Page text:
Paumacariya (also known as Pauma Chariu or Padmacharit), the Jain version of Ramayana written by Vimalasuri, mentions Hanuman as a Vidyadhara (a supernatural being), who is the son of Pavangati and Anjana Sundari. Anjana gives birth to Hanuman in a forest cave, after being banished by her in-laws. Her maternal uncle rescues her from the forest; while boarding his vimana, Anjana accidentally drops her baby on a rock. However, the baby remains uninjured while the rock is shattered. The baby is raised in Hanuruha, his great uncle's island kingdom, from which Hanuman gets his name. In this version of Ramayana, Hanuman is not a celibate. He marries princess Anangakusuma, the daughter of Kharadushana and Ravana's sister Chandranakha. Ravana also presents Hanuman one of his nieces as a second wife. After becoming an ally of Sugriva, Hanuman acquires a hundred more wives. Hanuman is originally enraged at Rama for murdering his father-in-law Kharadushana. However, he becomes a supporter of Rama after meeting him and learning about Sita's kindapping by Ravana. He goes to Lanka on Rama's behalf, but is unable to convince Ravana to surrender. Ultimately, he joins Rama in the war against Ravana and performs several heroic deeds. After the victory and subsequent celebrations, both Rama and Hanuman become Jains and achieve salvation. Later Jain texts such as Uttarapurana (9th century CE) by Gunabhadra and Anjana-Pavananjaya (12th century CE) repeat the same story with some modifications.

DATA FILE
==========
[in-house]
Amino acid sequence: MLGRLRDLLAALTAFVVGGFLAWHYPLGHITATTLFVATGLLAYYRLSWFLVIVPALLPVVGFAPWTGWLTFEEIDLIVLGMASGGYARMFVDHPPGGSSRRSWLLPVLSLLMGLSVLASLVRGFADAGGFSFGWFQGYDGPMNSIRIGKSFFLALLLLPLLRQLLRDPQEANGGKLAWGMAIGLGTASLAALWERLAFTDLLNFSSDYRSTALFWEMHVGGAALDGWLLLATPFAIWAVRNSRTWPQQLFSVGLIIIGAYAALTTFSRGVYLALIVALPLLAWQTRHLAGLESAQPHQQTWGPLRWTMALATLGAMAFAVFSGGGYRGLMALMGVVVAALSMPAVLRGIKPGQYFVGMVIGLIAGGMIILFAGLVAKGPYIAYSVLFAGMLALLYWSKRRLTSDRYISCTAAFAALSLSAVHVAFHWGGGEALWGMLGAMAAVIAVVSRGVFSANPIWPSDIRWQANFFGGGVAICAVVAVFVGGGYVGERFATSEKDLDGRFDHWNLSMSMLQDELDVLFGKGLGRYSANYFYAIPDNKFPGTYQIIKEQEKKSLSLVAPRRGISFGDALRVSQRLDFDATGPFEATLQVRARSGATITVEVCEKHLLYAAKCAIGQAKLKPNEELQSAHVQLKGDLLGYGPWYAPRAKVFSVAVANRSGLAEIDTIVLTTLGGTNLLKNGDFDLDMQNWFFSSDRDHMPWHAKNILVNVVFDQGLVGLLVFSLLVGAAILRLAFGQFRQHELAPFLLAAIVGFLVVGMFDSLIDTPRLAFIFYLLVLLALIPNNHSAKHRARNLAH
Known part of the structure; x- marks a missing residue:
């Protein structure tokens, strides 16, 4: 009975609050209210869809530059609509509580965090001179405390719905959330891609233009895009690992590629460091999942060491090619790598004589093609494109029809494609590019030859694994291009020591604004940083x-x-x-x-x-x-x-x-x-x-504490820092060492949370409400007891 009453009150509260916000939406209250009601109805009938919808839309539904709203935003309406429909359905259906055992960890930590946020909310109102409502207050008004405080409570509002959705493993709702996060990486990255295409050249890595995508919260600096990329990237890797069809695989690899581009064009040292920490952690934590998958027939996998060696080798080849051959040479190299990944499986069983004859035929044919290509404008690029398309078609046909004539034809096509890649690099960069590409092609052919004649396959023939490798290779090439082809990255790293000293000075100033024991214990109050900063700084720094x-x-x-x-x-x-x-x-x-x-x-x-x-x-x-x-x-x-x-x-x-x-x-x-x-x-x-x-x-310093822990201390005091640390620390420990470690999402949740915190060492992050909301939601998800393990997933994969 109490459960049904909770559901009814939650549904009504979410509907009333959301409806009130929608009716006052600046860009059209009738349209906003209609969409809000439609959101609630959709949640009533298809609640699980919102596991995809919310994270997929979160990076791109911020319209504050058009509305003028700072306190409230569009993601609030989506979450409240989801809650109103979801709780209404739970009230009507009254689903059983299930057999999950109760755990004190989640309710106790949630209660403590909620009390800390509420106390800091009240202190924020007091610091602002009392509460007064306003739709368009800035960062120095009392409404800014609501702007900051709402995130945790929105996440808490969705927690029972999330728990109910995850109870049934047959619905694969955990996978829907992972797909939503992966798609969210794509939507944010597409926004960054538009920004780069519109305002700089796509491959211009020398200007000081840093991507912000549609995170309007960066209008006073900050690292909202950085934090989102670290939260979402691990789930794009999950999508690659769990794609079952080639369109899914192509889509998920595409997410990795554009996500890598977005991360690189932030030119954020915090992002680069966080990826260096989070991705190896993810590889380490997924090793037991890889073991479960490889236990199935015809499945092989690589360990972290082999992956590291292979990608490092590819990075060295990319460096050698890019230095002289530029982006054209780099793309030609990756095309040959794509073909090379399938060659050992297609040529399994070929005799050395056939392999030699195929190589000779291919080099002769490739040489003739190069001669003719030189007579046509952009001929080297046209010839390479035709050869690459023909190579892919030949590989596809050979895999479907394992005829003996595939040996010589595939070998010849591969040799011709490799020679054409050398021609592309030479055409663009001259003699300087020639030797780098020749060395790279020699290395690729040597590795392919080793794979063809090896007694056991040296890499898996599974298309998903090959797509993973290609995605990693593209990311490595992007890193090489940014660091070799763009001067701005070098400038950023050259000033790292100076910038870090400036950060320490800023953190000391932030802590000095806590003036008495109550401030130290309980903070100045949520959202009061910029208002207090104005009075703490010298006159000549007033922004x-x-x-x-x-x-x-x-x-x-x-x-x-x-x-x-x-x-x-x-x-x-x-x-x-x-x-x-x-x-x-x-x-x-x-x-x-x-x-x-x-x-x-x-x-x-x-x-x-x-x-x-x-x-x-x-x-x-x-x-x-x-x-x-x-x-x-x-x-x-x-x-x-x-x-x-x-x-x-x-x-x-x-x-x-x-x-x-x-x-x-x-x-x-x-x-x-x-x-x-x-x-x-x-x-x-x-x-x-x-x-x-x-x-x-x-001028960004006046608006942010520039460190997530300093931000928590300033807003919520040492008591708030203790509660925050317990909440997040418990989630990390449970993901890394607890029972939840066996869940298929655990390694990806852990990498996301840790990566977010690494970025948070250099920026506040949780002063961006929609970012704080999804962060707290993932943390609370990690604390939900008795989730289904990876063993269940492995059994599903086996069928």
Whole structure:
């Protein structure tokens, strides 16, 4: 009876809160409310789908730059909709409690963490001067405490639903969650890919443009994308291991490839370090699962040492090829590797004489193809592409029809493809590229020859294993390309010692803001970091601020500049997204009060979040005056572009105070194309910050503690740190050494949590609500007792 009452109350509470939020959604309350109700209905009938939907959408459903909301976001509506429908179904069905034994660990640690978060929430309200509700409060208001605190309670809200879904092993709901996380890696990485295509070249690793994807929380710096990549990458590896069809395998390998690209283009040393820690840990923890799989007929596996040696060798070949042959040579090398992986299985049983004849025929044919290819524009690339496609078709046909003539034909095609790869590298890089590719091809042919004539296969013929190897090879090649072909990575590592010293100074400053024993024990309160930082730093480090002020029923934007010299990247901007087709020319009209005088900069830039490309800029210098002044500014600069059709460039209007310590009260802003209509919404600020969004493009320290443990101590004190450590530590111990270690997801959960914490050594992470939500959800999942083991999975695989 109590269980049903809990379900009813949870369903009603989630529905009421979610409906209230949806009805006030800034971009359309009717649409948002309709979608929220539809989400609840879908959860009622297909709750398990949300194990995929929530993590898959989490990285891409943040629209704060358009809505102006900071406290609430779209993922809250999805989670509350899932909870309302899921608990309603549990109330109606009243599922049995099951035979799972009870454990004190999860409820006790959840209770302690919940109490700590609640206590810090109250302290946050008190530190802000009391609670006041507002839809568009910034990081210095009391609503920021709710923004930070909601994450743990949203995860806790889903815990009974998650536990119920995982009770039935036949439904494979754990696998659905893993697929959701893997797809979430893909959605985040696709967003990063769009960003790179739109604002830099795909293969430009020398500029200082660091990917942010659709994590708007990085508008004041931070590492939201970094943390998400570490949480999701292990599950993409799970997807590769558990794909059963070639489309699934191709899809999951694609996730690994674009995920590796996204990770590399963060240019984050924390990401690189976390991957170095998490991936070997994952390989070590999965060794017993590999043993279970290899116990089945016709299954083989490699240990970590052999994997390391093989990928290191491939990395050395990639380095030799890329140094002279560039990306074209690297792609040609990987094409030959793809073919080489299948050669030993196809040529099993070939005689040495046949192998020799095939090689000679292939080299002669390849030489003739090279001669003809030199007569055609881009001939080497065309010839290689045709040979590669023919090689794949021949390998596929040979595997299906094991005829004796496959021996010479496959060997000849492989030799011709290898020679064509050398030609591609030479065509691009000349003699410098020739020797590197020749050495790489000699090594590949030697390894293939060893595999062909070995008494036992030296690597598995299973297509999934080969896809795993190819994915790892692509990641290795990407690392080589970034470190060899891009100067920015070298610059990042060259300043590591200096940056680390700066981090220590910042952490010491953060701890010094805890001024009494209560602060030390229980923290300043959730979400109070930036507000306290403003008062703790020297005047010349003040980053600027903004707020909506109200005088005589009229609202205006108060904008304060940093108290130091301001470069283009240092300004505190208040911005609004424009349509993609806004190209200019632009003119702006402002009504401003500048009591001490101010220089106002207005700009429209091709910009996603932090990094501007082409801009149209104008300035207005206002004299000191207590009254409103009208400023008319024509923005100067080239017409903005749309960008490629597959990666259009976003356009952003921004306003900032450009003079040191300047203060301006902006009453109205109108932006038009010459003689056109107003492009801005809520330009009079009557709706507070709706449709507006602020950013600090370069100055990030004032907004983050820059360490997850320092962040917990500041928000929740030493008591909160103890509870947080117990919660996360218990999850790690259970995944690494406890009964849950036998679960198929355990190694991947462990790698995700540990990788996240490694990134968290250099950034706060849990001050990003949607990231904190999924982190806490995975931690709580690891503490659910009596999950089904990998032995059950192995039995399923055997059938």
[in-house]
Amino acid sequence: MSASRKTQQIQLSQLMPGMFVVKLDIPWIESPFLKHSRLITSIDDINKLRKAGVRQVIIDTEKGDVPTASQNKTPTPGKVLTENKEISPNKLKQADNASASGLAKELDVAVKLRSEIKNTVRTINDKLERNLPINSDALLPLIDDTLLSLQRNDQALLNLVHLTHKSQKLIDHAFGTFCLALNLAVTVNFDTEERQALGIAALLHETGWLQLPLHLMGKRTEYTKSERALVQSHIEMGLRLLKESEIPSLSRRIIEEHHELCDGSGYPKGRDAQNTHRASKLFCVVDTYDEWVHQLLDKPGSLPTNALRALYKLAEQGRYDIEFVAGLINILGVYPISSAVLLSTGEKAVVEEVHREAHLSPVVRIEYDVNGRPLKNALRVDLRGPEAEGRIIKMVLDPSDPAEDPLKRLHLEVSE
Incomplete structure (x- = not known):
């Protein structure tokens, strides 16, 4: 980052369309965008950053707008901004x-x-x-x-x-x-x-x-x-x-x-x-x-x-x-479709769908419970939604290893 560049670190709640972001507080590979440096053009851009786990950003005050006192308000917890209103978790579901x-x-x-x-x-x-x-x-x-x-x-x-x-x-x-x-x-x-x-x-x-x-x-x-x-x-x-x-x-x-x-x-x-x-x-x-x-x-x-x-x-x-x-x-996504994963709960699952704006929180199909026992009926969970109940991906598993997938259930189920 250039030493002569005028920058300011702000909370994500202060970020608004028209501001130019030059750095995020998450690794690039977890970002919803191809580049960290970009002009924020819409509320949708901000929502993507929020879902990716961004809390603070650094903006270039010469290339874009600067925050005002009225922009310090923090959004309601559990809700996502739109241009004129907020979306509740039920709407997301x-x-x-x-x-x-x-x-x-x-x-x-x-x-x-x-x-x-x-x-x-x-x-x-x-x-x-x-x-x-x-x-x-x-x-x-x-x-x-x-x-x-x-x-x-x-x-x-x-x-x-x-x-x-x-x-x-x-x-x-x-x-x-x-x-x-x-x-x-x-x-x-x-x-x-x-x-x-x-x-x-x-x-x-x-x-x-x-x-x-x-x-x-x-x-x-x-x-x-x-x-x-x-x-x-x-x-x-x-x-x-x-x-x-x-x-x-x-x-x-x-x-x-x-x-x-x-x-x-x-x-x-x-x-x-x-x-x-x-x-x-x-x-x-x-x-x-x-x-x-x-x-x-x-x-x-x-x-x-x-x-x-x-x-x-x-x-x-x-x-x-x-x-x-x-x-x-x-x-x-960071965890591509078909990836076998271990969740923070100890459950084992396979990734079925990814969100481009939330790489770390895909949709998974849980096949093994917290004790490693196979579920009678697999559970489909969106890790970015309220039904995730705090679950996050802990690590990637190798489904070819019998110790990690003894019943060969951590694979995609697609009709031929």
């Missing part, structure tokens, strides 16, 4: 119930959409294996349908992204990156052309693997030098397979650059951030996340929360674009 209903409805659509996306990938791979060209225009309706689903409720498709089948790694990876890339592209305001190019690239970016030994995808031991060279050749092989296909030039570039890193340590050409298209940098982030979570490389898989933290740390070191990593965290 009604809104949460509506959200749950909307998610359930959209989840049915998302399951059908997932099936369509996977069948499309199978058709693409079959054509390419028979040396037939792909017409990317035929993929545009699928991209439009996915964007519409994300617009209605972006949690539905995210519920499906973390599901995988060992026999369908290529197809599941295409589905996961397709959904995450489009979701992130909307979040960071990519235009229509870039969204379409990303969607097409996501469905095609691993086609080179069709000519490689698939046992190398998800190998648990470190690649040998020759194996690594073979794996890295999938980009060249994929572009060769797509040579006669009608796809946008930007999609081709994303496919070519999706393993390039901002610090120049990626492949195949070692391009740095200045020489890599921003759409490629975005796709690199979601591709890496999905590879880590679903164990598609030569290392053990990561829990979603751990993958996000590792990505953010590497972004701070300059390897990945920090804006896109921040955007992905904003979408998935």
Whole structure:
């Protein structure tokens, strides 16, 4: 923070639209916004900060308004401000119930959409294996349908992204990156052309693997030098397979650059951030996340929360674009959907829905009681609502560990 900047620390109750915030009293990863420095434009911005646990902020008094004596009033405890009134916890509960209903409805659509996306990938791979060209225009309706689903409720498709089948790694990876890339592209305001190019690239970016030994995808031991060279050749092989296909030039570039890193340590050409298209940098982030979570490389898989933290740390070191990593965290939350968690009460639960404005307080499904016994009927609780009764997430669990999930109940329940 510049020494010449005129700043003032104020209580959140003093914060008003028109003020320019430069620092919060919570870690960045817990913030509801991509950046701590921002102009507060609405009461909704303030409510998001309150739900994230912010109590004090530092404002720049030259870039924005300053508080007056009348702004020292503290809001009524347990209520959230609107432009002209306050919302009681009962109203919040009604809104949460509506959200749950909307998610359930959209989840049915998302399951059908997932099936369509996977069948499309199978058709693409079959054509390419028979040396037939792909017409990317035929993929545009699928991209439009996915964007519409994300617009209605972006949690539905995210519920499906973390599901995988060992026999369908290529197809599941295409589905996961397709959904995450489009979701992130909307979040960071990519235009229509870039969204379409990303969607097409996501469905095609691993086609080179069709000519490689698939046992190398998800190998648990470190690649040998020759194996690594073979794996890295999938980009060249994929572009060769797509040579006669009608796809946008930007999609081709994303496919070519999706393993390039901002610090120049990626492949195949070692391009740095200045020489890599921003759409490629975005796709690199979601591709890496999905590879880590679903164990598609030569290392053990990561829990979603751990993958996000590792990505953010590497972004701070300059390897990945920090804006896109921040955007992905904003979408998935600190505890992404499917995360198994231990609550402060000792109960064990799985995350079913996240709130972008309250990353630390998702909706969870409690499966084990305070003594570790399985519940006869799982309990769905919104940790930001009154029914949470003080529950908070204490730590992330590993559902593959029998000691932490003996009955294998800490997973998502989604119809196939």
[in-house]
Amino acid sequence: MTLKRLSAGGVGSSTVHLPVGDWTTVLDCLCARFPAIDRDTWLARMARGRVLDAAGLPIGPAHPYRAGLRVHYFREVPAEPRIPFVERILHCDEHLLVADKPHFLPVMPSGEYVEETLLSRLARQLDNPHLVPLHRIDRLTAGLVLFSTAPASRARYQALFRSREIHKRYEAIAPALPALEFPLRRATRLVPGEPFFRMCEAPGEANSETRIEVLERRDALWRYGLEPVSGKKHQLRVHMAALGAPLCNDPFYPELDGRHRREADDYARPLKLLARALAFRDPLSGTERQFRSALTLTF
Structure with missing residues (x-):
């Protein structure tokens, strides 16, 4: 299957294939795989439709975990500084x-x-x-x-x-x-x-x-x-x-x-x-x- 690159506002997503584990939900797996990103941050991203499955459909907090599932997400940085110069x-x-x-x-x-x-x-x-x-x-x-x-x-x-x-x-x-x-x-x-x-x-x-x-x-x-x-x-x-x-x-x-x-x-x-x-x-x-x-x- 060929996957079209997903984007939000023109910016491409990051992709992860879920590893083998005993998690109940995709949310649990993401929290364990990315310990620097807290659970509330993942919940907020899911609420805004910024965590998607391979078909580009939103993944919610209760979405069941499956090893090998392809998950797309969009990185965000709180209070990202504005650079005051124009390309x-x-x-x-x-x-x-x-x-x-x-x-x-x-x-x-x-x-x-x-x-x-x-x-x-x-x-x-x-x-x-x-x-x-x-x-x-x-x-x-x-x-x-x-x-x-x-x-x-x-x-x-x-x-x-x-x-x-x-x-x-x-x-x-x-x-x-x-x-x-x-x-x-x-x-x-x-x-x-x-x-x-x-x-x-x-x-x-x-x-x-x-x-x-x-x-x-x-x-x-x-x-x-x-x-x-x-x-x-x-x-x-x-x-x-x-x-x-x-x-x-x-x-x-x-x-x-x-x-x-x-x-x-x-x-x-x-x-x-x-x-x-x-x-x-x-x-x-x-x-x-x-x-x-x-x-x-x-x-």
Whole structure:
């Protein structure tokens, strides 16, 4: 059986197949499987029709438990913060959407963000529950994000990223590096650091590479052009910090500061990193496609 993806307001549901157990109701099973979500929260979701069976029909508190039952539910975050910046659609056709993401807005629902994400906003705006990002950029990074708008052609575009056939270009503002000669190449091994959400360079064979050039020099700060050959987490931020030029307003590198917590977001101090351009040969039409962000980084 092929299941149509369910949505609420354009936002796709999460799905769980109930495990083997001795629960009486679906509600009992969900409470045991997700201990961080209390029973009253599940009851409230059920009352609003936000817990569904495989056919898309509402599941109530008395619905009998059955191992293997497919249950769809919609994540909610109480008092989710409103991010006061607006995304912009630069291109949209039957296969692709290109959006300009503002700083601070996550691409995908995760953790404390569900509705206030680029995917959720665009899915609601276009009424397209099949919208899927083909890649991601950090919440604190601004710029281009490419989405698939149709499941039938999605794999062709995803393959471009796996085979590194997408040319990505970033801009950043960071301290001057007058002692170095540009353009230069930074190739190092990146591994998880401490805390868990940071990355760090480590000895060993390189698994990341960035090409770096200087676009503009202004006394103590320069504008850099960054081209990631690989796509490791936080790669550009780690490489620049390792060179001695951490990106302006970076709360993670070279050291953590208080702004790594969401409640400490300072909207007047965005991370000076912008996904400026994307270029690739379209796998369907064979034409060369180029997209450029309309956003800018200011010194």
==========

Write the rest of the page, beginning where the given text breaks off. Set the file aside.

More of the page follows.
Brahma Purana mentions that the vanaras built several Shiva lingams in Kishkindha. After his return to Ayodhya, Rama asks Hanuman to destroy these lingams, as they are no longer required. However, when Hanuman is unable to uproot these lingams, Rama orders them to worshipped permanently. The Skanda Purana mentions a variant of this story, which happens in Rameswaram. The Narada Purana describes Hanuman as a master of vocal music, and as an embodiment of the combined power of Shiva and Vishnu.
The 16th-century Indian poet Tulsidas wrote Hanuman Chalisa, a devotional song dedicated to Hanuman. He claimed to have visions where he met face to face with Hanuman. Based on these meetings, he wrote Ramcharitmanas, an Awadhi language version of Ramayana. The Sankat Mochan Hanuman Temple (Varanasi) is said to be located on the spot where Tulsidas had these visions. The works of Tulsidas played an important role in increasing the popularity of Hanuman worship in North India.

Durga Chalisa mentions that Hanuman leads and welcomes the procession of the ferocious lion-riding Bhavani.

The non-Indian versions of Ramayana, such as the Thai Ramakien, mention that Hanuman had relationships with multiple women, including Svayamprabha, Benjakaya (Vibhisana's daughter), Suvannamaccha and even Ravana's wife Mandodari. According to these versions of the Ramayana, Macchanu is son of Hanuman borne by Suvannamaccha, daughter of Ravana. The Jain text Paumacariya also mentions that Hanuman married Lankasundari, the daughter of Lanka's chief defender Bajramukha. Another legend says that a demigod named Matsyaraja (also known as Makardhwaja or Matsyagarbha) claimed to be his son. Matsyaraja's birth is explained as follows: a fish (matsya) was impregnated by the drops of Hanuman's sweat, while he was bathing in the ocean.